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© Nintendo

Retro gamers rejoice: Nintendo just announced that it will be launching a revamped version of its beloved Super Nintendo Classic console, which will allow kids and grown-ups alike to play classic 16-bit games in high-definition.

The new SNES Classic Edition, a miniature version of the original console, comes with an HDMI cable to make it compatible with modern televisions. It also comes pre-loaded with a roster of 21 games, including Super Mario Kart, The Legend of Zelda: A Link to the Past, Donkey Kong Country, and Star Fox 2, an unreleased sequel to the 1993 original.

“While many people from around the world consider the Super NES to be one of the greatest video game systems ever made, many of our younger fans never had a chance to play it,” Doug Bowser, Nintendo's senior vice president of sales and marketing, said in a statement. “With the Super NES Classic Edition, new fans will be introduced to some of the best Nintendo games of all time, while longtime fans can relive some of their favorite retro classics with family and friends.”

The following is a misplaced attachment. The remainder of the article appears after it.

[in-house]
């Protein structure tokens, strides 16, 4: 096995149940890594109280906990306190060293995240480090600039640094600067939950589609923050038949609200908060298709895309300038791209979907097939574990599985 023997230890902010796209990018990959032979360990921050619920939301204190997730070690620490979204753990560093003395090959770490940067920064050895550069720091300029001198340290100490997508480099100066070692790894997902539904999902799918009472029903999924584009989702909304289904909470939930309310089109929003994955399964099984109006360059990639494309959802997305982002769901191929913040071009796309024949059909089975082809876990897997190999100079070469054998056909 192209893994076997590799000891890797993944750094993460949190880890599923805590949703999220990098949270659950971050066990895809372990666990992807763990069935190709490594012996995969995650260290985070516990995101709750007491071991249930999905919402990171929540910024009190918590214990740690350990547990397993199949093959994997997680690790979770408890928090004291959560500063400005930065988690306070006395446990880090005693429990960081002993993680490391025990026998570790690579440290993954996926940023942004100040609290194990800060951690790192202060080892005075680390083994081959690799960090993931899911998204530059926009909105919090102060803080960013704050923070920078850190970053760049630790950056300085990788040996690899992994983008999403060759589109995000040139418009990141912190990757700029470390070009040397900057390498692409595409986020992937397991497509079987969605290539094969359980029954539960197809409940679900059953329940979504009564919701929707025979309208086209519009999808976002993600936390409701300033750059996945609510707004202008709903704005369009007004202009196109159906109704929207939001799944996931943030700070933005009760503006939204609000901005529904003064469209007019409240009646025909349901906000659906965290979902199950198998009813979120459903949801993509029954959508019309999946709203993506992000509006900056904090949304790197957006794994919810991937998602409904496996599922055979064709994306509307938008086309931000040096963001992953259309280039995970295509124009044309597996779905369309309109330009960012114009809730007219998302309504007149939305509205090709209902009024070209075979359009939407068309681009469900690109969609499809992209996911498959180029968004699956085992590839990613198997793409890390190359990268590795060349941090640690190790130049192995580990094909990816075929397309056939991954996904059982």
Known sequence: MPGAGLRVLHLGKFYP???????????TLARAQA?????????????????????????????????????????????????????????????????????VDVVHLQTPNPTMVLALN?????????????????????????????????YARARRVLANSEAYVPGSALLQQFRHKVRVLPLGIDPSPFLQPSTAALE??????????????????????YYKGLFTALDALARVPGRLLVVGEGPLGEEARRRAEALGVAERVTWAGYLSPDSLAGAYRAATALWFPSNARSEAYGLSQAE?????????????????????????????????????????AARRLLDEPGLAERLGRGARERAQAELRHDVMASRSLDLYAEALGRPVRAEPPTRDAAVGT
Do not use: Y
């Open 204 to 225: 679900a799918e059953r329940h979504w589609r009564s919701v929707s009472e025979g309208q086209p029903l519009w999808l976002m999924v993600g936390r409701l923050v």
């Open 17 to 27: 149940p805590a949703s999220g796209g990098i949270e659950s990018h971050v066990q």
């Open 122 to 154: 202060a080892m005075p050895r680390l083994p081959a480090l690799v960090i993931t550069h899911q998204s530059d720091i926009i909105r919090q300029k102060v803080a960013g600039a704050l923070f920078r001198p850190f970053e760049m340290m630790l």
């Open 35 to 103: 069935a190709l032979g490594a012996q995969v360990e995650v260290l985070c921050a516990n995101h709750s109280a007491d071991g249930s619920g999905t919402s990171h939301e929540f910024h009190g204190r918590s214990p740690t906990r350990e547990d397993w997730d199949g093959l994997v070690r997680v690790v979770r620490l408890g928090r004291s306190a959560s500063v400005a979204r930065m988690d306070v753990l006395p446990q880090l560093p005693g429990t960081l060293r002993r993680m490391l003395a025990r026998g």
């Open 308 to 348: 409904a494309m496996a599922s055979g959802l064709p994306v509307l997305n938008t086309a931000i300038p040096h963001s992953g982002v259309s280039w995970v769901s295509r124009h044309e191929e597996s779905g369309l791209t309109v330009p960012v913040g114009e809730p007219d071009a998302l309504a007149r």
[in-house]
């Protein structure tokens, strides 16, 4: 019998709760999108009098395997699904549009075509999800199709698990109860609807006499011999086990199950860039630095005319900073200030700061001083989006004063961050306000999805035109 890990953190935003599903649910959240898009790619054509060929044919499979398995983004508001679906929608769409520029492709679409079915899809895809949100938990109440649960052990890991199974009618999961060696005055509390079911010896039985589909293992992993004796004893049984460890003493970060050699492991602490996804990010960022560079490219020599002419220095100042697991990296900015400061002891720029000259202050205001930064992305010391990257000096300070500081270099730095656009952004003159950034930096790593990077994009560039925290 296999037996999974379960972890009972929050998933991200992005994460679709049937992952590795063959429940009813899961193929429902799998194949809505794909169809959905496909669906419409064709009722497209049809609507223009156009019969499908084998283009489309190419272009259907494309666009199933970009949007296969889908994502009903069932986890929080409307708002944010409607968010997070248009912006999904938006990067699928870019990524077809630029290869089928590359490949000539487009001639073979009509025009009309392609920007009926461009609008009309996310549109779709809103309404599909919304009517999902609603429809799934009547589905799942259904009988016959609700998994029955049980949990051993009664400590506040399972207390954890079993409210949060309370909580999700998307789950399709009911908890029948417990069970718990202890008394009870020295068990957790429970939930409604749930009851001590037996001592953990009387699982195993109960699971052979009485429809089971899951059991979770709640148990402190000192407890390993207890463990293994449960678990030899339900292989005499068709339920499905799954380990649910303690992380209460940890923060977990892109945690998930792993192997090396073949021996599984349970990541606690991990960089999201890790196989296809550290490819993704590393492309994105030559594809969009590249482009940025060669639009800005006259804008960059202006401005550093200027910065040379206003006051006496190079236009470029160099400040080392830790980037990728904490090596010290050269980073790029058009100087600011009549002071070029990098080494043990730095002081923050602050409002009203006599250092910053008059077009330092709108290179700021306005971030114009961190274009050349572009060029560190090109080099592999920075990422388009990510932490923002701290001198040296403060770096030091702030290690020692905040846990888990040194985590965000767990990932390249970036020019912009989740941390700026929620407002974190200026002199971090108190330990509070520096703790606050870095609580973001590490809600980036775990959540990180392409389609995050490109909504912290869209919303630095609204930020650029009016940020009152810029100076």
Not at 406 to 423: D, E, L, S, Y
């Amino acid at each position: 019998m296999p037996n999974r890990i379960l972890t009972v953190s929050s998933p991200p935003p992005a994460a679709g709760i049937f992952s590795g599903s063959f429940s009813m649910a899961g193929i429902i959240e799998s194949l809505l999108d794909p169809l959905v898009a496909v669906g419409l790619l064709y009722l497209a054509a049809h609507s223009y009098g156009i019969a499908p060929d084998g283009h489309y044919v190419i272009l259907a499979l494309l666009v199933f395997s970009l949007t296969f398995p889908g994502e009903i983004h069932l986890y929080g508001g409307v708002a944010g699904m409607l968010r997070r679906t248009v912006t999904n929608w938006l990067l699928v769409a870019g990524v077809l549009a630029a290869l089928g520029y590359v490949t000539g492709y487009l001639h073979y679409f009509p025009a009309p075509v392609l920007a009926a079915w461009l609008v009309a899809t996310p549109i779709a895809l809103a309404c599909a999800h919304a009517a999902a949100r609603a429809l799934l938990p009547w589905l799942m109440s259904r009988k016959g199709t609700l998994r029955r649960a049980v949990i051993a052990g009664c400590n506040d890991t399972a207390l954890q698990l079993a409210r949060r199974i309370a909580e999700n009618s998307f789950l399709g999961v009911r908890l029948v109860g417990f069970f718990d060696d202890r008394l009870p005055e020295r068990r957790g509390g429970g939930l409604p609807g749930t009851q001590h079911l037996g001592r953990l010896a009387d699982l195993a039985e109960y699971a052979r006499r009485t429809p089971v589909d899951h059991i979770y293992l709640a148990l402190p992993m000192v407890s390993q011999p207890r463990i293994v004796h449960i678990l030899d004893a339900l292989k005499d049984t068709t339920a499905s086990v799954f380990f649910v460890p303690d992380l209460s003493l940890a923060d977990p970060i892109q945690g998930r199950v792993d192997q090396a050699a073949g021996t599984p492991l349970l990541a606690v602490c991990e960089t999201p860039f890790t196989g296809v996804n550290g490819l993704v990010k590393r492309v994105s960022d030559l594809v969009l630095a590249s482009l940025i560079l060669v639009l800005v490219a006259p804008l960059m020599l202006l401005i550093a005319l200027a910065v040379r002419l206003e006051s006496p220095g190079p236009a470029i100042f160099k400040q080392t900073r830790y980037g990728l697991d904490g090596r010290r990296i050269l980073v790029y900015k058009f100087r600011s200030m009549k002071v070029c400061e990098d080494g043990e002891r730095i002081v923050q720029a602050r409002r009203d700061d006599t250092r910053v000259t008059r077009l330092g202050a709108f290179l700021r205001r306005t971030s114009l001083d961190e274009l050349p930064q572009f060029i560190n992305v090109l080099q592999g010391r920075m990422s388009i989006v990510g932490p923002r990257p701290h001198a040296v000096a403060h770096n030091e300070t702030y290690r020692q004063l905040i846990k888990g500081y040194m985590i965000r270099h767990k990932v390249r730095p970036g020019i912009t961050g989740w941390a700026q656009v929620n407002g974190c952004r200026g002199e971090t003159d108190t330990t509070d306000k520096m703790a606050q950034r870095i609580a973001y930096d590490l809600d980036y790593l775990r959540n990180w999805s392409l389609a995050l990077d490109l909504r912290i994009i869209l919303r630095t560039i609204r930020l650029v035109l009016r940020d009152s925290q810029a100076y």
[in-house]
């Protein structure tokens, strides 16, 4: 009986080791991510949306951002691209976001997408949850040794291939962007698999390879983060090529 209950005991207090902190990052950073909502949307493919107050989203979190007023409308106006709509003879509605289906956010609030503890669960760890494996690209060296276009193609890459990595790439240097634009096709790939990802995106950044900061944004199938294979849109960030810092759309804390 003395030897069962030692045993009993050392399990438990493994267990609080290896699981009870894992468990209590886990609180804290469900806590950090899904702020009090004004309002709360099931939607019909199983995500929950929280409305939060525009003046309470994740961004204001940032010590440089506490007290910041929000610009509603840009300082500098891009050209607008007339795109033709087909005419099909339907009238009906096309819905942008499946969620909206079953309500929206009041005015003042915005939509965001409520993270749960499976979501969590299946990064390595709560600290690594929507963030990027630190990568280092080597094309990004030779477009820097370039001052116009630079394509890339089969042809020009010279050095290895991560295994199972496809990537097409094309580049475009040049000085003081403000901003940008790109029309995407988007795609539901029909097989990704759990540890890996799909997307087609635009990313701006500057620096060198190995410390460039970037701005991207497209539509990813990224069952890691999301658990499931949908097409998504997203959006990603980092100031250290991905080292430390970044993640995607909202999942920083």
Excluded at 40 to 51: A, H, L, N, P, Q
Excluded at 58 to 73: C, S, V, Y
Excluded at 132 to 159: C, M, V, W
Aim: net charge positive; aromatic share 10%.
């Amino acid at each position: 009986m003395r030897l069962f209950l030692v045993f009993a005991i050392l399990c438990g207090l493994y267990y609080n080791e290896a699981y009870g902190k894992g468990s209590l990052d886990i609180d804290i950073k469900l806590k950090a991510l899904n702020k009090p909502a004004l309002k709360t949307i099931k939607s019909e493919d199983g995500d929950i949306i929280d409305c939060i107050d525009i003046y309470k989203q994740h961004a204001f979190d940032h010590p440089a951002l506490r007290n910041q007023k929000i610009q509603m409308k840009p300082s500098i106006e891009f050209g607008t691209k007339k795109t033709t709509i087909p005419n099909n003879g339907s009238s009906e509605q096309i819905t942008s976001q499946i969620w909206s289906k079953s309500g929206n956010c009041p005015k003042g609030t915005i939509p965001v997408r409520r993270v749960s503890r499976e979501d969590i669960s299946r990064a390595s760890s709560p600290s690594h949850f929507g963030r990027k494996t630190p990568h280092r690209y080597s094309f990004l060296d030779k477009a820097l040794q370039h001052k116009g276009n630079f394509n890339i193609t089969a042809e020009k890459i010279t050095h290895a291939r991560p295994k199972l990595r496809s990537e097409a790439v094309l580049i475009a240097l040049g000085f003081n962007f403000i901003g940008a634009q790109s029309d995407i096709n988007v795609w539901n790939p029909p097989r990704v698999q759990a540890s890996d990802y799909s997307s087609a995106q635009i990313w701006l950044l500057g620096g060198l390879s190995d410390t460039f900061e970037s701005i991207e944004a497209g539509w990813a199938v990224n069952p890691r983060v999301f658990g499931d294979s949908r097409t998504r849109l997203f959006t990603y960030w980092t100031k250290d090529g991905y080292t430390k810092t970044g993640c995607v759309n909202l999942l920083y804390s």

The SNES Classic Edition will go on sale on September 29 and retail for $79.99. Nintendo reportedly only plans to manufacture the console “until the end of calendar year 2017,” which means that the competition to get your hands on one will likely be stiff, as anyone who tried to purchase an NES Classic last year will well remember.

In November 2016, Nintendo released a miniature version of its original NES system, which sold out pretty much instantly. After selling 2.3 million units, Nintendo discontinued the NES Classic in April. In a statement to Polygon, the company has pledged to “produce significantly more units of Super NES Classic Edition than we did of NES Classic Edition.”

Nintendo has not yet released information about where gamers will be able to buy the new console, but you may want to start planning to get in line soon.